He went to the west behind Pungkar. Those in the west were like dark red-colored rakshasa's flayed skin. He didn't remain there, either, but making a jest with the people of Pungkar, Dampa said, "Let's make a bet to decide who should stay in this country, decided by who was here first!" Dampa told stories of what it was like when he first came there, and by telling successive stories of what it was like, convinced them that he had been there earlier, winning the bet as they all fell silent.

Having next gone to Chab, there, beside the Blue Light River, he found the blue-black round stone with the imprint of our Founder Buddha's hand's own ring finger that, when he was turning the wheel of Dharma in Varanasi long ago, he had thrown into the air with a prayer calling on the power of truth that, wherever the stone should fall to earth would become a place where the essence of the Teachings would flourish. It is a stone that dispels obstacles to spiritual accomplishment. Also, Venerable Manjushri gave him a round blue-black stone from the Five-Peaked Mountain of China that, if worn on the body, overwhelms all sentient beings. Thus, it was a place where there were many auspicious things, that celebrated palace of the dakinis with wings of the sun, moon, and wind called Dingri Langkor, great of wonders, a place of perfection! Fulfilling the prophecy, he stayed there.

At first, no one knew he was Padampa Sangye or offered him their services, and he fulfilled accomplishment of practices unknown to anyone, in a cave difficult for others to find, practicing austerities for three years. Then he proclaimed the secret teachings with a loud sound, making the hidden manifest. Gathering the life energies inward, through the condition of external awareness, people, regardless of region, gathered. All the fortunate of Tibet's four regions gathered to receive Dharma and blessings. Not yet giving many instructions, but revealing miracle powers, some said that he was a tirthika, a non-Buddhist.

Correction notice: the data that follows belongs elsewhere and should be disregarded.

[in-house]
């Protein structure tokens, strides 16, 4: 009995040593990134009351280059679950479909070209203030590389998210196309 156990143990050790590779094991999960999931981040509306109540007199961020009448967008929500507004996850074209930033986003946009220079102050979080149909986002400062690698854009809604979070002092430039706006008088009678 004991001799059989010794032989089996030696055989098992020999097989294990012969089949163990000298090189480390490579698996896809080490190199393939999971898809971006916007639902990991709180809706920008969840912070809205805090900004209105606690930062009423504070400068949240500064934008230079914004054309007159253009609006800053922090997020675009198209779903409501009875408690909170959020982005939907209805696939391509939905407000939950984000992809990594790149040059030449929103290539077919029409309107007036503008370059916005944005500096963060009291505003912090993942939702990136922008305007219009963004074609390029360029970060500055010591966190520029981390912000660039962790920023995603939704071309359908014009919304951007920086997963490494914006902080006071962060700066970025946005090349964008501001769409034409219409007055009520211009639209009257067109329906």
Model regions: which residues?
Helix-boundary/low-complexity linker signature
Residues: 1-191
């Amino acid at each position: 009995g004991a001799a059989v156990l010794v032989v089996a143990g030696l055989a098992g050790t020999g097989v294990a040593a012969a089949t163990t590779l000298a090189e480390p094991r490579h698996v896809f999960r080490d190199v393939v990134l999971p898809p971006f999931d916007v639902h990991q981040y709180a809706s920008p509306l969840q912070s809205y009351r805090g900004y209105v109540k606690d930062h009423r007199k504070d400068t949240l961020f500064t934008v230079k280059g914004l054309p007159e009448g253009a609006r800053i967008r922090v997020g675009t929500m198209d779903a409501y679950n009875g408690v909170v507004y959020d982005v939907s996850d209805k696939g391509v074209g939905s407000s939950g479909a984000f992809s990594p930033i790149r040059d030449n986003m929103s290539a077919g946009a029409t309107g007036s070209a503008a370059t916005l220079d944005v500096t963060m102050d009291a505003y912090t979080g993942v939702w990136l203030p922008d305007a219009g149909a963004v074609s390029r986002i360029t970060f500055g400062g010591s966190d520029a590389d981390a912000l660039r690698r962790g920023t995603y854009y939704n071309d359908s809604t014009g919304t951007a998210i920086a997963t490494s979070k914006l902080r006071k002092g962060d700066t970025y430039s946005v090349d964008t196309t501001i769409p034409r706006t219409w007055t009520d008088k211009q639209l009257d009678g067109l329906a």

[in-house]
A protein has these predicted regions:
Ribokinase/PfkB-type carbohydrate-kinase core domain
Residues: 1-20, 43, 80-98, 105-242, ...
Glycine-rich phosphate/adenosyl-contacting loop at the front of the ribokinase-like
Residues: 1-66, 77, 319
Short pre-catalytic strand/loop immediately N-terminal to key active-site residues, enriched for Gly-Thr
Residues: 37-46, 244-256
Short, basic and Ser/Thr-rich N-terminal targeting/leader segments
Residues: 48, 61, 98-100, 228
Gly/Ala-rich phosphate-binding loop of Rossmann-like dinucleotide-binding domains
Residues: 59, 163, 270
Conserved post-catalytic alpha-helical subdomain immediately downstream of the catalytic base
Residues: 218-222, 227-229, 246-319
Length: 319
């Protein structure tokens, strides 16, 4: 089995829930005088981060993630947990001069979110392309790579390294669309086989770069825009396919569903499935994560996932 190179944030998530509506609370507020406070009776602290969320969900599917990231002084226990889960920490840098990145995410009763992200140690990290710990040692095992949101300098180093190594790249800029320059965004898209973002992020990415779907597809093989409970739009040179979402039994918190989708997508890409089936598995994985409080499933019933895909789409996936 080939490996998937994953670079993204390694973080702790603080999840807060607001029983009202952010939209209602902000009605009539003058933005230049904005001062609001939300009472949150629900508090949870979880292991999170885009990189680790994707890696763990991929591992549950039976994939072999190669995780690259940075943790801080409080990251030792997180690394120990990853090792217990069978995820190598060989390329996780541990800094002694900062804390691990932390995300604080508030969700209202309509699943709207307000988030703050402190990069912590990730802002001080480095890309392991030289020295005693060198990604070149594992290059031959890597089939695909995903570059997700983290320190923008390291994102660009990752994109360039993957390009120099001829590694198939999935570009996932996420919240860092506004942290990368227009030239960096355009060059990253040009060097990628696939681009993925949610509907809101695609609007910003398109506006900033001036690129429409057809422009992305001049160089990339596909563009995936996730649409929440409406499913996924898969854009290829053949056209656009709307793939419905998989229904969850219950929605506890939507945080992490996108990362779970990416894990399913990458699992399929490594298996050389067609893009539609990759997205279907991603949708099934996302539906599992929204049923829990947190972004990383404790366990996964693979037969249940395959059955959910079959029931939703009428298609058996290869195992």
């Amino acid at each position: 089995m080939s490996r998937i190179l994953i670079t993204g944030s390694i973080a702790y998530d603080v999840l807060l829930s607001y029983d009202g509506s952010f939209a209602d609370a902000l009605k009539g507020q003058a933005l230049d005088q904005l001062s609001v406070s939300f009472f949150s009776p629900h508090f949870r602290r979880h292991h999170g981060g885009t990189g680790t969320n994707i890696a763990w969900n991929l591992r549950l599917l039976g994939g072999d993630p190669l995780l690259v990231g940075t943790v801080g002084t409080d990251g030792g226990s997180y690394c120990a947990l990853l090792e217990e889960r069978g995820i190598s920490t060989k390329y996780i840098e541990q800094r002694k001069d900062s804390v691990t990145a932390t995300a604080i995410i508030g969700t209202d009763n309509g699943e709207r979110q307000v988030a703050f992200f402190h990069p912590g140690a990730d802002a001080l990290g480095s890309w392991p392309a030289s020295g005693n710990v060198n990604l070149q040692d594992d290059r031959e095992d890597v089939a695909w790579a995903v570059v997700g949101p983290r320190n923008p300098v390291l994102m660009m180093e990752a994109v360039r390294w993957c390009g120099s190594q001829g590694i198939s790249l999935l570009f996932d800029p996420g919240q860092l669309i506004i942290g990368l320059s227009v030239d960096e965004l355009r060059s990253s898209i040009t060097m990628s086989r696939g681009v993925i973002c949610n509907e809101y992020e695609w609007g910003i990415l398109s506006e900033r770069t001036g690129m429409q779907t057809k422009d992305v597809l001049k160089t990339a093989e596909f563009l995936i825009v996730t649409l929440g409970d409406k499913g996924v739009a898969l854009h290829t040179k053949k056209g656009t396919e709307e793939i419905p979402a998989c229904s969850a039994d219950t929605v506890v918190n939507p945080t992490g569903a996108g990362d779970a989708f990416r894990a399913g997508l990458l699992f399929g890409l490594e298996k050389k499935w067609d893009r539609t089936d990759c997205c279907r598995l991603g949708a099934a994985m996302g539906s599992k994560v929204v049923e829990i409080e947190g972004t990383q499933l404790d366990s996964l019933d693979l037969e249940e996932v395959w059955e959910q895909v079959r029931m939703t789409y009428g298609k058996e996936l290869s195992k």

At that time, the master merchant Dragpa Bar, in order to test Dampa's clairvoyance, erected a throne over a Perfection of Wisdom scripture with letters of gold. It is considered very negative to sit on top of scriptures. He covered it with velvet and silk and a cushion. Then he prepared an excellent meal and invited Dampa. As Dampa approached the throne he snapped his fingers, saying, "MAHA PRAJNA GAGANA MU," and ascended the throne. As they ate, thinking that he had no clairvoyance, everyone secretly mocked and ridiculed him. After he left, when they opened the scripture, except for the first page, every single printed letter on the pages had disappeared!